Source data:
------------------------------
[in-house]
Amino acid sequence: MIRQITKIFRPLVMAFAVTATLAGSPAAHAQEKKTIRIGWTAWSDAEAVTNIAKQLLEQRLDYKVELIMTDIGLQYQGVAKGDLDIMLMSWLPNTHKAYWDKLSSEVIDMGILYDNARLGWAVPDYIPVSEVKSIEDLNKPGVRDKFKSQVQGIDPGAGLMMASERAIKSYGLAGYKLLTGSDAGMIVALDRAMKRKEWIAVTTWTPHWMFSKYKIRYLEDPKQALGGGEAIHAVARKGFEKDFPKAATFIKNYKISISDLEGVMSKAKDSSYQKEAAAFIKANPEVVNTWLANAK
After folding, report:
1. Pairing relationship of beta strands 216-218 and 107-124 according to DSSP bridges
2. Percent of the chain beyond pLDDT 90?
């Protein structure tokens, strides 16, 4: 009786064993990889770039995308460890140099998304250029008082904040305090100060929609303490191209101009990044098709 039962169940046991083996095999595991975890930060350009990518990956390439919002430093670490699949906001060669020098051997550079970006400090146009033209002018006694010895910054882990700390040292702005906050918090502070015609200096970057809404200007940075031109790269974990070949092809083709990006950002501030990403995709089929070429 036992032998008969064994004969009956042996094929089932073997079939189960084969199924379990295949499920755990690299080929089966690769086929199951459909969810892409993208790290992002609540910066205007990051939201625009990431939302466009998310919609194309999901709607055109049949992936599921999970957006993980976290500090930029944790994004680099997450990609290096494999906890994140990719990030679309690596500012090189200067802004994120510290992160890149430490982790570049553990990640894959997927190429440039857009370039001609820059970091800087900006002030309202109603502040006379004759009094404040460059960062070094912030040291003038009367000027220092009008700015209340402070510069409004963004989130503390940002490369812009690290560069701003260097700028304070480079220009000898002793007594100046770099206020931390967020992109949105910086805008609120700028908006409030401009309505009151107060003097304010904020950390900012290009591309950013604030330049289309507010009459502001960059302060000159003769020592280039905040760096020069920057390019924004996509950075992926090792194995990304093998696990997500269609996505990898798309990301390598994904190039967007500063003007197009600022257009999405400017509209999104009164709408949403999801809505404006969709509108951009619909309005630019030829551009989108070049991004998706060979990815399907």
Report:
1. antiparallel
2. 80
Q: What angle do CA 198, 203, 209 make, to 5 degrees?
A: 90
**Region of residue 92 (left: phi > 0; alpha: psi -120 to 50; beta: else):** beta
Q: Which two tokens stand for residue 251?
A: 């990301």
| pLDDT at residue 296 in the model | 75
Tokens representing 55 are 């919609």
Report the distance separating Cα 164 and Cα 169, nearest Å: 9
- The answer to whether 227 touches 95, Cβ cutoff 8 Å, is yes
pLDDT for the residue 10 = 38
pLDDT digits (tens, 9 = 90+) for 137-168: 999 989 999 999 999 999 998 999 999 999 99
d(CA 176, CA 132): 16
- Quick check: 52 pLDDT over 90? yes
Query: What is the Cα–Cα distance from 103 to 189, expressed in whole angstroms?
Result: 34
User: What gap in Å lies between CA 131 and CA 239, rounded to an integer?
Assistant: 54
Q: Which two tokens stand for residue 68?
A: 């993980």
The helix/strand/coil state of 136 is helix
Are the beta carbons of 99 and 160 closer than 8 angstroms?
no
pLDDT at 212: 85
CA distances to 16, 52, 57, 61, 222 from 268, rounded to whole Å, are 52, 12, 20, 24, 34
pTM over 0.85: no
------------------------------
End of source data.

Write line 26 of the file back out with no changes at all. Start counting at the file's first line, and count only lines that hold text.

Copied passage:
Assistant: 54